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Friday, June 18, 2021

Black marketing during the pandemic comes from longstanding, systemic flaws

Action not taken in the best of times now strikes back at us in the worst of times

Written by Bibek Debroy |
Updated: May 13, 2021 8:07:10 am
Oxygen cylinders at the Thane District Government Hospital (Express photo/Deepak Joshi)

Courts have passed strictures against hoarders and black marketeers. Across the country, there have been arrests for diversion, hoarding and black-marketing of remdesivir, oximeters and oxygen cylinders. These are emotive issues. A season of darkness brings out the worst among people. The spring of hope is that it also brings out the best and there are several instances of exceptional individuals and organisations who have done their bit to ensure the effects of the pandemic are mitigated. But there is also the example of fake remdesivir (and possibly azithromycin) produced in Kotdwar (Uttarakhand) and marketed in Delhi. The problem of fake and sub-standard drugs isn’t new. It’s been flagged several times. I recall a study done by Assocham about three years ago, estimating that one-third of drugs sold in India are fake. (A clear distinction isn’t always drawn between sub-standard and counterfeit, though they are distinct. That one-third figure is also a guess and the precise figure may be lower.) There are centres in and around Delhi (Bahadurgarh, Ghaziabad, Gurgaon, Faridabad, Noida, Sonepat) and Aligarh, Bhiwadi, Hisar and Agra. (Every Delhi resident knows of Bhagirath Palace.) Crocin, Voveran, Betadine or Cosavil may be fake or sub-standard. And this may also be true of a life-saving drug. It is difficult to quantify the morbidity and mortality effects of fake or sub-standard drugs, but they are substantial.

Legally, the Drugs and Cosmetics Act (DCA) has different categories of misbranded, adulterated and spurious drugs. De jure, this has plenty of teeth. Let me quote from the 2003 Mashelkar Committee. “The Committee noted that although the Drugs and Cosmetics Act has been in force for the past 56 years, the level of enforcement in many States has been far from satisfactory. The non-uniformity in the interpretation of the provisions of laws and their implementation and the varying levels of competence of the regulatory officials were the main reasons for this less than satisfactory performance… the problems in the regulatory system in the country were primarily due to inadequate or weak drug control infrastructure at the State and Central level… The Committee noted with dismay that most of the prosecution cases pertaining to offences related to spurious drugs remain undecided for years. There is no greater deterrent than a ‘severe’, ‘sure’ and ‘swift’ punishment.”

Post-Mashelkar Committee, let me quote from CDSCO (Central Drugs Standard Control Organisation). “Assistance has also been provided under the World Bank assisted Capacity Building Project to upgrade testing facilities and to establish new drug testing laboratories so as to enhance the capacity of laboratories to test large number of samples…. The Drugs & Cosmetics Act, 1940 has recently been amended by the Drugs & Cosmetics (Amendment) Act, 2008 for providing more stringent penalties to those involved in the trade of spurious drugs.”

Some offences have become non-bailable. There are specially designated courts and regulatory infrastructure has been strengthened. There is also a whistle-blower scheme. Has this improved matters? Probably, but pharmaceutical products shouldn’t be produced in the equivalent of garages and good manufacturing practices, and their enforcement, is a generic issue, not something we wake up to amid a pandemic. If governments purchase pharmaceutical products on L1 basis, it’s understandable that consumers should be price-sensitive, regardless of whether the drug is fake, sub-standard or expired. How many checks are there on chemists who sell without prescriptions and the nexus with doctors? Temporary outrage over fake RT-PCR test reports is misplaced, unless we decide to clamp down on everything fake.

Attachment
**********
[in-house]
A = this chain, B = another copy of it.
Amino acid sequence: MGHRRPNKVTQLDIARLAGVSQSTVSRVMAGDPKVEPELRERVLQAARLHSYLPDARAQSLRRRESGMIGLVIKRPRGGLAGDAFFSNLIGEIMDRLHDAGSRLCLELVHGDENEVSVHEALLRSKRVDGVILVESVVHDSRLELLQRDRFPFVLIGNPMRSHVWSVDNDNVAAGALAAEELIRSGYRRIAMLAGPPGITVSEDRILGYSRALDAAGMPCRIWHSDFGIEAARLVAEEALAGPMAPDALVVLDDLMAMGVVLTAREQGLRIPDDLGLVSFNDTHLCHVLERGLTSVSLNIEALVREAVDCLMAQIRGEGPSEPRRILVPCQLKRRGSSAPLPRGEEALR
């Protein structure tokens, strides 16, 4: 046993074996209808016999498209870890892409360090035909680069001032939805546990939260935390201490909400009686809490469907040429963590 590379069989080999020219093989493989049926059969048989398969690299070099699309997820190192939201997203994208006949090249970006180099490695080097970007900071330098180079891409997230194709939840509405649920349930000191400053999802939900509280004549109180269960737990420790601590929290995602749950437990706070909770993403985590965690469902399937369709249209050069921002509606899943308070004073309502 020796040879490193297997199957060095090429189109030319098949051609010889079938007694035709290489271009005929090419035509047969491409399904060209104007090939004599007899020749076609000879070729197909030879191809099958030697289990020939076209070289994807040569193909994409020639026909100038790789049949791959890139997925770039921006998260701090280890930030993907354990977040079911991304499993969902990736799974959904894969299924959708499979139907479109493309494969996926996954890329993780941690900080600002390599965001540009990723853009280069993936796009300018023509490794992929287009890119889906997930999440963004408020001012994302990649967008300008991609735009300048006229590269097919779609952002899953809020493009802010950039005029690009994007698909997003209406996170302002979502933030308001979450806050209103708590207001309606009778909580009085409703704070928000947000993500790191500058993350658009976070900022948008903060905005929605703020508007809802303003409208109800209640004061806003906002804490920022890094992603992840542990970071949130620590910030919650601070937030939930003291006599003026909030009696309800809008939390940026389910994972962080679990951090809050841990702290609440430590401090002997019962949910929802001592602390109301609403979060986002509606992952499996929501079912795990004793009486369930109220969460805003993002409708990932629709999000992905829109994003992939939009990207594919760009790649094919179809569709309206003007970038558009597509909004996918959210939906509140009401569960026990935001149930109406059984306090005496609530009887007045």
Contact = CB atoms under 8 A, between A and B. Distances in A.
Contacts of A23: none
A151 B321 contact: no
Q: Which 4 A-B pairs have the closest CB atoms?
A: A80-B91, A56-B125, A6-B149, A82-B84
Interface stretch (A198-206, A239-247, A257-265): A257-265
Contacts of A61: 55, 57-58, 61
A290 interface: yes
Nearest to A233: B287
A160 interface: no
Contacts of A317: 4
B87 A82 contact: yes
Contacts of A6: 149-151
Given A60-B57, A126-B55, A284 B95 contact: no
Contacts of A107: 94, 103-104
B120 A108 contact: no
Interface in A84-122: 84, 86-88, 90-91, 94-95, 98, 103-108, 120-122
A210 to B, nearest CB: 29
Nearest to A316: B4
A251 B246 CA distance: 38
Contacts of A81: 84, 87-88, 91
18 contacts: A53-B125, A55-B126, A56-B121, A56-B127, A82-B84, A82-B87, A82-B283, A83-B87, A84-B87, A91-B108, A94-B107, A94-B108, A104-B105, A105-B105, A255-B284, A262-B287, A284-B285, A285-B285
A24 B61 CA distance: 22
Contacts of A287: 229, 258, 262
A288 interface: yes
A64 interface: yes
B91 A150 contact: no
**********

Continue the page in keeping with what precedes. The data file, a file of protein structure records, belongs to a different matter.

We should also be careful about indiscriminately using terms like hoarder and black-marketeer. A hoarder is anyone who stocks up items. Expecting a lockdown, if I stock up on bottles of liquor, I am also a hoarder. So is a person who holds on to shares of a company, hoping for a better price. Of course, under excise laws, there is a limit on how many bottles of liquor can be held. In a similar vein, the crime isn’t hoarding per se but of selling a drug without a licence. Data on prosecutions, and convictions when prosecuted, of crimes under Drugs and Cosmetics Act, are an unhappy revelation. Incidentally, courts have ruled police officers can’t register FIRs, arrest and prosecute (for cognisable crimes) under this law. That’s the job of drugs inspectors.

The notion of a black market is different, though the two can be related. For instance, it can be a shadow market where one evades taxes. But in this context, it means charging a premium when there is a shortage. When there is a shortage, temporary or otherwise, prices will be higher than expected. This is no different from surge pricing used by cab companies, or ambulances charging exorbitant prices now. A black market occurs when the price at which a product is sold is higher than an administratively determined price. We are agitated at remdesivir selling for Rs 70,000 a vial because that price is significantly above MRP. Action not taken in the best of times now strikes back at us in the worst of times.

This column first appeared in the print edition on May 13, 2021 under the title ‘Inaction is expensive’. The writer is chairman, Economic Advisory Council to the Prime Minister. (Views are personal)

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